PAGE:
Laura Queen rose through the ranks of human resources at multiple companies for more than 20 years. She made the decision to use her expertise to assist mid-cap private equity, venture capital and strategic buyers in mitigating risks by better evaluating the human capital aspect of potential acquisitions. Queen believes the new focus on human capital has only just begun; that the ramifications of Covid-19 will make it even more critical, and that the human resources profession can benefit greatly if it can rise to the occasion.
, of which Laura Queen is founder and CEO, is among the very few advisory firms focused on helping buyers of mid-size companies make better decisions through a systematic analysis of the human capital assets of targeted companies. She admits the concept of integrating human capital valuations into M&A (mergers and acquisitions) activity was a tough sell at first, but it has begun to get easier. “It’s a stronger case to make to organizations whose success depends on people, such as call centers, physician and health-care related practices, IT organizations, or others whose key assets include people, their expertise and relationships, and related intellectual property.”
Queen says the major obstacle to the understanding of risk mitigation through human capital analytics remains the lack of appreciation by many CEOs for the ability to strategically manage human capital and measure the impact of people on the bottom line. Based on more than 20 years of experience with leading organizations in multiple economic sectors, Queen says very few companies have a strategic approach to measuring human capital metrics or to applying those scorecards to organizational strategy and implementation tactics in a systematic way.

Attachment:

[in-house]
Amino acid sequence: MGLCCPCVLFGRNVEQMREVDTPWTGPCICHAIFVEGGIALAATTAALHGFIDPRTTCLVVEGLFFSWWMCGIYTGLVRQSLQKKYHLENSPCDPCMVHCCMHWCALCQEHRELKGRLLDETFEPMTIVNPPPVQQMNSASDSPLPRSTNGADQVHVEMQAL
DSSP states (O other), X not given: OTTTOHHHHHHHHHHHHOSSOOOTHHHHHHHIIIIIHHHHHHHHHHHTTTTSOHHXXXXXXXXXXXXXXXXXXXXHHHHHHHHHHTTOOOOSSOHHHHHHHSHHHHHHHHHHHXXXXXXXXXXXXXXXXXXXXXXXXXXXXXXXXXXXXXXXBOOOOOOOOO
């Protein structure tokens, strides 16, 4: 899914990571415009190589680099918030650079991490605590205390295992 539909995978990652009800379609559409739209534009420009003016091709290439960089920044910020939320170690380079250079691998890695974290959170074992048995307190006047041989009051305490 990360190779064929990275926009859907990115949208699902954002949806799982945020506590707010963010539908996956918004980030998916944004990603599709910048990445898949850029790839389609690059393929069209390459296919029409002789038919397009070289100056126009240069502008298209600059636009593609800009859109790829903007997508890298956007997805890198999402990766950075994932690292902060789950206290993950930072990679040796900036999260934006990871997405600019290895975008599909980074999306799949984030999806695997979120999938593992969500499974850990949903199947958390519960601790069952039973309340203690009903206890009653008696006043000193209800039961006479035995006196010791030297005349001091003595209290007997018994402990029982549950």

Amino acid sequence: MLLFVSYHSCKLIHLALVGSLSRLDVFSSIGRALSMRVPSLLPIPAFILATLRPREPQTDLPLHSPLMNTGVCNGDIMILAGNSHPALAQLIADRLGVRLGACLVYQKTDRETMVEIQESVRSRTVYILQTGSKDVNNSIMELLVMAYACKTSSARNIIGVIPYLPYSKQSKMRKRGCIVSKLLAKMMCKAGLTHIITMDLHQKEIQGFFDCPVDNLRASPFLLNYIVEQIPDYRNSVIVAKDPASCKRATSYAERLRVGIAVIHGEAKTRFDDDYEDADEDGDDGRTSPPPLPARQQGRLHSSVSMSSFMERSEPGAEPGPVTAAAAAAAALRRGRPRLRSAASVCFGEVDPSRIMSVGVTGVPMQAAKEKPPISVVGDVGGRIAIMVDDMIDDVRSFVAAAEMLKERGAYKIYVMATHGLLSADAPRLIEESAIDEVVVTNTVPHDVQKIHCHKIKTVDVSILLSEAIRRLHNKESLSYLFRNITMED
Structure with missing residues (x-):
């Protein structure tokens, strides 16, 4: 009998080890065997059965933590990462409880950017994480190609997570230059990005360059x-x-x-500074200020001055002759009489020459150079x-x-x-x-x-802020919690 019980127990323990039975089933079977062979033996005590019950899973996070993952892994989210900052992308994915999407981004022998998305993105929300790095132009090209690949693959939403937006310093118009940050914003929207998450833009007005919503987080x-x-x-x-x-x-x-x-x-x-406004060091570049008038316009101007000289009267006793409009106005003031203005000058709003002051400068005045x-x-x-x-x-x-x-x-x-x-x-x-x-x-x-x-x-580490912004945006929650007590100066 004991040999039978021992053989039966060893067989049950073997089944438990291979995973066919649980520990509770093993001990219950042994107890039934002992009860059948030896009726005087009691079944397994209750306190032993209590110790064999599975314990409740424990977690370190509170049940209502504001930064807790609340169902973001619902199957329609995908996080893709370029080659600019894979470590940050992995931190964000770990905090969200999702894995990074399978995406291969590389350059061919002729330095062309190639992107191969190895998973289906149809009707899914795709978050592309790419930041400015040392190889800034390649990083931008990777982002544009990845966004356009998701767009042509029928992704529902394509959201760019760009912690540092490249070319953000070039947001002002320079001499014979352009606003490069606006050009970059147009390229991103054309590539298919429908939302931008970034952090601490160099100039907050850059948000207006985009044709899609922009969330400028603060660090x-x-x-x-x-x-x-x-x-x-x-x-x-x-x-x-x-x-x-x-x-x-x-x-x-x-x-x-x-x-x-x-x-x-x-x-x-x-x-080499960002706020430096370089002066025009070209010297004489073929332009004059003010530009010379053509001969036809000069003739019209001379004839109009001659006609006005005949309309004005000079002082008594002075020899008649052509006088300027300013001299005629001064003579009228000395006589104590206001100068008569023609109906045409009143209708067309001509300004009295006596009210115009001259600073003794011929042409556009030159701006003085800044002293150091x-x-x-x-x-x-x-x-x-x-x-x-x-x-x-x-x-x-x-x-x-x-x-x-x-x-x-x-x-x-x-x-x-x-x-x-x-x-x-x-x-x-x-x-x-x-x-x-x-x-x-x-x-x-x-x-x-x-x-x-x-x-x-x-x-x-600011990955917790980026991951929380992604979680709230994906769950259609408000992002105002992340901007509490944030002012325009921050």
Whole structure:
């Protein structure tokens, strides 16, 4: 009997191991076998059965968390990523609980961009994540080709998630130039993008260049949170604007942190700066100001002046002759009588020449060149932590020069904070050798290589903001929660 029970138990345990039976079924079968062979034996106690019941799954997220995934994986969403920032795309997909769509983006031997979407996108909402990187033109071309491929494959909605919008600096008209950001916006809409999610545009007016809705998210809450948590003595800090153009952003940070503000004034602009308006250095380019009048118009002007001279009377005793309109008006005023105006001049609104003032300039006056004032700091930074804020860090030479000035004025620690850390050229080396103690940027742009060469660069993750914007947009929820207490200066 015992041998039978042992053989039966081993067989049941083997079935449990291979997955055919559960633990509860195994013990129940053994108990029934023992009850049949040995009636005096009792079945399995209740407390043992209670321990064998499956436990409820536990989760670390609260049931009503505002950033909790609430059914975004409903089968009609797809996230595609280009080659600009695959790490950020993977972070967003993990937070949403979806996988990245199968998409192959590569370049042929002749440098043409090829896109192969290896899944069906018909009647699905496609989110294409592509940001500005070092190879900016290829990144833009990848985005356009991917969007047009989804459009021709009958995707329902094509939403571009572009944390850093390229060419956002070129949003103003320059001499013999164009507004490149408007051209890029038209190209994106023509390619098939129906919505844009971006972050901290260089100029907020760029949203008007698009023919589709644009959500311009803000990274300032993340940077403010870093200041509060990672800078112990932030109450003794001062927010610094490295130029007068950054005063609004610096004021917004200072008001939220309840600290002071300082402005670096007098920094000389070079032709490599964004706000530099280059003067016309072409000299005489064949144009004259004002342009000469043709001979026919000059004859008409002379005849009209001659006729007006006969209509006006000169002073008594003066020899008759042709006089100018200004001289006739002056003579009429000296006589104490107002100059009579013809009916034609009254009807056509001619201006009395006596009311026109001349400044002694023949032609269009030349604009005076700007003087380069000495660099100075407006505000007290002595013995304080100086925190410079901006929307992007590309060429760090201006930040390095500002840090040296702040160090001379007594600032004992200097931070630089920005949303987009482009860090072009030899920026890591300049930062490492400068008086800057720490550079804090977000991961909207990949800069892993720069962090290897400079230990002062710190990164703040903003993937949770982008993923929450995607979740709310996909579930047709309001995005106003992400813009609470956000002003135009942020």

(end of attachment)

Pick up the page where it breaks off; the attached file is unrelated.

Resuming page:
“Most companies do not have formal human capital measures, investing millions in employee or customer engagement tactics with little or no return-on-investment,” she asserts. One fundamental reason, she notes, is human capital is carried as an expense on the balance sheet, not an asset. “A company could decide to install 100 new toilets in a facility, carry it as an asset on its books, and depreciate the cost over time. If it decided to invest the same amount in a new training program to equip people for a new technology, it is considered an expense.”
She adds, “All investments in people get buried under the general category of good will on balance sheets and as a result have not received the focus they deserve.”
Covid-19 Will Put More Emphasis on Human Capital
Queen, like many others in the human capital space, believes the Covid-19 crisis will only draw more attention to the importance of people. “Every aspect of this pandemic is impacted by or has an impact on human beings. The need for people to change their ways, the loss of life, the effects of being stuck at home, has created an entirely new perspective. Parents of school age children now have a greater appreciation for our teachers; we have come to realize the essential role of caregivers, healthcare workers and so many others. In the long-term there will be changes for the better because of how this affects our view of the people who do the work around us and where true value is created.”
She elaborates. “For some CEOs and some investors, Covid-19 will be like a lightning bolt. Many will be reluctantly drawn to the fact that humans have tangible value that merits effective management and measurement. I do not believe there will be a total transformation. That said, the last bastion of opportunity for value improvement and return-on-human capital investment is the unexplored value of people to their businesses. If there is no means of calculating human capital metrics, organizations can’t know what to focus on.”